Water is largely described as tasteless, but we still experience a difference in the taste of water in different places. Why? The primary reason being the dissolved solids and minerals that are present in varying concentrations, that impart a certain taste to water. The factors causing a variation in the taste of water include its source, pH level and TDS levels. Let's look at some of these factors in detail:
Source of water:
Some of the commonly known sources of water include groundwater, surface water, tank water and borewell water. The taste in water may differ due to its origin. Water collected directly from lakes and rivers is comparatively saltier. This is mainly due to the presence of minerals and salts in huge amounts. Some of the minerals that cause an increase in the saltiness of water include sodium, chlorine, magnesium and calcium. The groundwater may have a chalky taste due to its stagnation among limestone and rocks for a long period of time.
pH level in water refers to the acidic or alkaline level water may possess. WHO suggests that the right pH level expected in water safe for human consumption should range within the values of 6.5 to 8.5. This means that the water has a neutral taste and is not harmful for consumption. In cases where the level isn’t matched to the suggested range, the water may be acidic or alkaline depending upon the extremity. WHO states that exposure to extreme pH levels may cause skin disorders, irritation and gastric issues to human beings. A water expert or a mechanical instrument would be able to rule out the pH level.
TDS in water refers to the total dissolved solids such as inorganic salts and organic matter. These solids include calcium, magnesium, sodium, potassium, carbonates, hydrogencarbonate, chloride, sulfate, and nitrates. WHO states that the level of dissolved solids may cause a change in the taste of drinking water and regards TDS level below 300ppm to be safe for human consumption. While a very low concentration of these dissolved solids may give a flat taste to drinking water, a high concentration of the same adds excessive saltiness to its taste. Click here to read more about TDS levels in water.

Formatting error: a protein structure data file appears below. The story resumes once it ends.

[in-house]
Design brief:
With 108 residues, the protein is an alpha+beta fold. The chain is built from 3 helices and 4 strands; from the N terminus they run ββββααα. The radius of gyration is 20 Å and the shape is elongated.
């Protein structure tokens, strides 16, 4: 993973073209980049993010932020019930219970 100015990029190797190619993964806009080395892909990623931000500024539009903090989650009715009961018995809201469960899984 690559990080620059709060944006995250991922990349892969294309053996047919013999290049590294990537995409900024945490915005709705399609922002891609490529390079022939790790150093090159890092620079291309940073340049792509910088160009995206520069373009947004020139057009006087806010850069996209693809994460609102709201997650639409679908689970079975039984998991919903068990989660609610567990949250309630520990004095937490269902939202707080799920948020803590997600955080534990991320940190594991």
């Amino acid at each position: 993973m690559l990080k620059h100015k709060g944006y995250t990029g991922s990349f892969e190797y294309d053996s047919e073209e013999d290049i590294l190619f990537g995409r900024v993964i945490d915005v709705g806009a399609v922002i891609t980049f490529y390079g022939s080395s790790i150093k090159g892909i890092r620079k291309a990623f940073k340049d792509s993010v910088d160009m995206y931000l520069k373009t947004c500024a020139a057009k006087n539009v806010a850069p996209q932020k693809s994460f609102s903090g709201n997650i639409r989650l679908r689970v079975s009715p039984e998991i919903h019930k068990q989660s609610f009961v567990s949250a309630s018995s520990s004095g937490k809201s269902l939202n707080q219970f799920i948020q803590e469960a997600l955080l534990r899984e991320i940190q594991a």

So if you are worried about the taste of your drinking water, it is advisable to get it checked for its source and TDS levels. RO water purification technology works best for treating water with hardness and high TDS levels. It is the only purification method that sweetens and enhances the taste of purified water. In addition to this, it also removes tiniest impurities invisible to the naked eye by forcing water through very fine membranes. Pureit’s range of RO water purifiers remove all dissolved solids along with other harmful contaminants to make your water sweet and tasty.
The natural taste of water per se tends to be tasteless. Its taste is subjective and influenced by the water source and minerals present in it.
Chlorine, an essential disinfectant, is one of the most prevalent chemicals used in tap water purification. Chlorine does have an unpleasant odor, but it is an important product in the fight against viruses in our water supply.
The flavor of water is determined by its source. Mountain spring water, like well water, can be mineral-rich, altering the flavor. Calcium imparts a milky appearance in the water, while magnesium can be harsh, and sodium imparts a salty flavor.
An RO (Reverse Osmosis) water purifier uses a semi-permeable membrane to remove excess TDS and other hazardous compounds, resulting in pure, sweet-tasting drinking water. To make water potable and improve its taste, high-quality RO water purifiers remove up to 90% of TDS.
If the water at your home has a metallic or bitter taste or smell, it's most likely due to high copper, iron, or zinc content in your surroundings. Metal fittings, tanks, and pipes used in the plumbing are mostly the source of these tastes and odors.